On being yourself


I am an introvert, but I didn’t really admit it until I read Quiet: The Power of Introverts in a World That Can’t Stop Talking, in which Susan Cain gives us all permission to embrace the unique strengths introverts offer.

Our cultural value system, which Cain calls the Extrovert Ideal, has caused many an introvert to feel deficient. We may exert tremendous amounts of energy trying to become more extroverted instead of embracing the distinct value our introverted nature offers.

I’m willing to go to big group dinners and loud parties, but if I’m planning the event, I’m going to make it a smaller gathering that facilitates deep conversation. I know that I have more to offer in these settings, and that I enjoy them more.

What I’m saying is that we can organize our lives in a way that plays to our strengths. We can stack the deck in our own favor. We’ll be happier and more energized, and we’ll have more to give.

In her book Happier at Home, Gretchen Rubin outlines her principles for happiness. The first is to “Be Gretchen.”

While “be yourself” is sound advice, we often don’t follow it, perhaps for the reasons Rubin points out:

“To ‘Be Gretchen’ was the way to happiness, but there was also a sadness to this resolution—the sadness that comes from admitting my limitations, my indifferences, all the things that I wish I were that I will never be.”

One example she gives is that she doesn’t enjoy traveling all that much. She wishes she did, since others seem so fulfilled by it.

I can relate. This time of year, I always wish I liked watching football. I like my friends and I like snacks so I go when I’m invited to watch a game, but the actual game doesn’t really interest me.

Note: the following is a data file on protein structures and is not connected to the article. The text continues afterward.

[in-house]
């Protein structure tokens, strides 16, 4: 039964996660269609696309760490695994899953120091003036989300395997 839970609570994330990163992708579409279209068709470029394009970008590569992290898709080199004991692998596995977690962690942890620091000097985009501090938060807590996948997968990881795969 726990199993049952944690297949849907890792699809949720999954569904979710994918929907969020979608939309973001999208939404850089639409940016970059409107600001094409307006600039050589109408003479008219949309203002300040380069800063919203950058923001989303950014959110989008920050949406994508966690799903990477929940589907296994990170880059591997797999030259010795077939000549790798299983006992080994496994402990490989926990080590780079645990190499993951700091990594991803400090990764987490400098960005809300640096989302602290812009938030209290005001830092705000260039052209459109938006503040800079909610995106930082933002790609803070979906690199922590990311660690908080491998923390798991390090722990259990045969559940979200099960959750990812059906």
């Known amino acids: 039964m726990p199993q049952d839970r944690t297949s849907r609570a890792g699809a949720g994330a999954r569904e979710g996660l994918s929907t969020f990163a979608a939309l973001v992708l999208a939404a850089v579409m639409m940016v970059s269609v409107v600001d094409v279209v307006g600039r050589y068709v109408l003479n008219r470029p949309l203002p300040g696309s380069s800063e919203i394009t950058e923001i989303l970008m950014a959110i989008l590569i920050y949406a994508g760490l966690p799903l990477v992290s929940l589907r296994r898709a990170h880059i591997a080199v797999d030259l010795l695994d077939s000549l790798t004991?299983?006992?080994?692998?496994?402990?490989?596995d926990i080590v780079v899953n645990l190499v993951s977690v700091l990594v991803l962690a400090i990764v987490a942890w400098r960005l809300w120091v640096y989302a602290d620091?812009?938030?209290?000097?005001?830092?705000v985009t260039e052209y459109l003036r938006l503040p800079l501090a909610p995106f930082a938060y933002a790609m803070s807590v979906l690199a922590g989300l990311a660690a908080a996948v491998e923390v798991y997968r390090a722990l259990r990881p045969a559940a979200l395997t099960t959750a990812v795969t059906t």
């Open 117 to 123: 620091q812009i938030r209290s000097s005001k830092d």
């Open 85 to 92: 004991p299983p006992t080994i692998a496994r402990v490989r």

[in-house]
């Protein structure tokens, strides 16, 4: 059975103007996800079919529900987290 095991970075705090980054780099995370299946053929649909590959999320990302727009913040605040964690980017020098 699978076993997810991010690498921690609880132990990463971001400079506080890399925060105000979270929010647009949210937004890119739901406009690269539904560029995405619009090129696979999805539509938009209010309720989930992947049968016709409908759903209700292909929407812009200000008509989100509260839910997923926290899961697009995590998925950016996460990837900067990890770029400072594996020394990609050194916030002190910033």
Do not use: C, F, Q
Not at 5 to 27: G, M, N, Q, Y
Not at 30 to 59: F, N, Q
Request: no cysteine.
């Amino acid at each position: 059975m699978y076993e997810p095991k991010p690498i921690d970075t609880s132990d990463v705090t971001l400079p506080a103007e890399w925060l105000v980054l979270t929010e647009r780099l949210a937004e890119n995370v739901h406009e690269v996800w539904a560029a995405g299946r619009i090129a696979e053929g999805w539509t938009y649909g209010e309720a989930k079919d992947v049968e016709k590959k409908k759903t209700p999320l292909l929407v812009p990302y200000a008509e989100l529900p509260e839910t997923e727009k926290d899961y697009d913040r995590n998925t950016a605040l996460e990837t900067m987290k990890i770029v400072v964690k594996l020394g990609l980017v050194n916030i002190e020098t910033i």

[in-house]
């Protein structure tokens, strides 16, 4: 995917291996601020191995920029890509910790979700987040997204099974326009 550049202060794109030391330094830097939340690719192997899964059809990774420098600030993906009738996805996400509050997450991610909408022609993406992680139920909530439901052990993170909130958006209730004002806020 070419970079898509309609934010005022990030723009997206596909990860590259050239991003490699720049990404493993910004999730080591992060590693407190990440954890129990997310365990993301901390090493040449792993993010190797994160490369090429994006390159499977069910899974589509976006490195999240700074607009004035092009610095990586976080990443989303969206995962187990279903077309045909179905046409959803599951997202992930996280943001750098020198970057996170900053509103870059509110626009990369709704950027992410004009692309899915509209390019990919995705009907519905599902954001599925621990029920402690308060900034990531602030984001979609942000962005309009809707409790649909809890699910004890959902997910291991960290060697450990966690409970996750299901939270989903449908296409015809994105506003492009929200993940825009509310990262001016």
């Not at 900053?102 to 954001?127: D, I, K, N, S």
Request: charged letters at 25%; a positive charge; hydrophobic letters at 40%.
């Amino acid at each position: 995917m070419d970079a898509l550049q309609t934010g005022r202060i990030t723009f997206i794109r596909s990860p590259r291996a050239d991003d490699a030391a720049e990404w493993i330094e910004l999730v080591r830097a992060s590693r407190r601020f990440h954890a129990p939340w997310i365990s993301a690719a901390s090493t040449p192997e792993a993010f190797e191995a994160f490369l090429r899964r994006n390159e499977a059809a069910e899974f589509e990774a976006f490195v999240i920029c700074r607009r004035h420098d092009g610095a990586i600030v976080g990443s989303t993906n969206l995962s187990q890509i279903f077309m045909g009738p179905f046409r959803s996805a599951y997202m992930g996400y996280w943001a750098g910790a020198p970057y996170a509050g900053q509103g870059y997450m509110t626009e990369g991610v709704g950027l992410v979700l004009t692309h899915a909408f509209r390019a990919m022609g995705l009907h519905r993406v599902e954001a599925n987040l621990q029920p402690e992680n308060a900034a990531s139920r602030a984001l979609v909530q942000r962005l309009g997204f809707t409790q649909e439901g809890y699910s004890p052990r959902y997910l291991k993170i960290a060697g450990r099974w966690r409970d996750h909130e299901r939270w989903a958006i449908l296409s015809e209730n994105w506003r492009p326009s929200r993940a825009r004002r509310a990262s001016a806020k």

It’s hard to be ourselves because we have to let go of the things we wish we were.

To be myself, I have to admit that I’ll never be as comfortable and charismatic in large groups as my dad, that I’ll never sew beautiful quilts or make my kids’ Barbie clothes like my mom.

I probably won’t run marathons or start a nonprofit or communicate as well verbally as I do on paper.

While I agree with Rubin, it’s sad to admit who we aren’t sometimes, there’s also great freedom in it.

I can cheer on friends who run marathons without feeling inferior. I can let Mike and my dad enjoy a football game together while I read a book. I can bring my pants home for my mom to hem. (She might give me a hard time, but she always does it.)

My goal is to learn my nature and maximize it, to be honest about who I am and what I like. I want to be me to the fullest.

What about you?

This post is part of a 31 day series on doing less to build more. To read the rest of the series, click here

Photo Credit: James Willamor via Compfight cc

This post contains my affiliate links, which means I make a small commission if you make a purchase using my link, at no extra charge to you, of course.

3 thoughts on “On being yourself

  1. This is a great post Jacey. I read Quiet and really enjoyed it. As a person who scored exactly in the middle of extrovert/introvert, I have to realize when I’m stretching myself too far into the extrovert realm and give myself a break!

Leave a Reply

Your email address will not be published. Required fields are marked *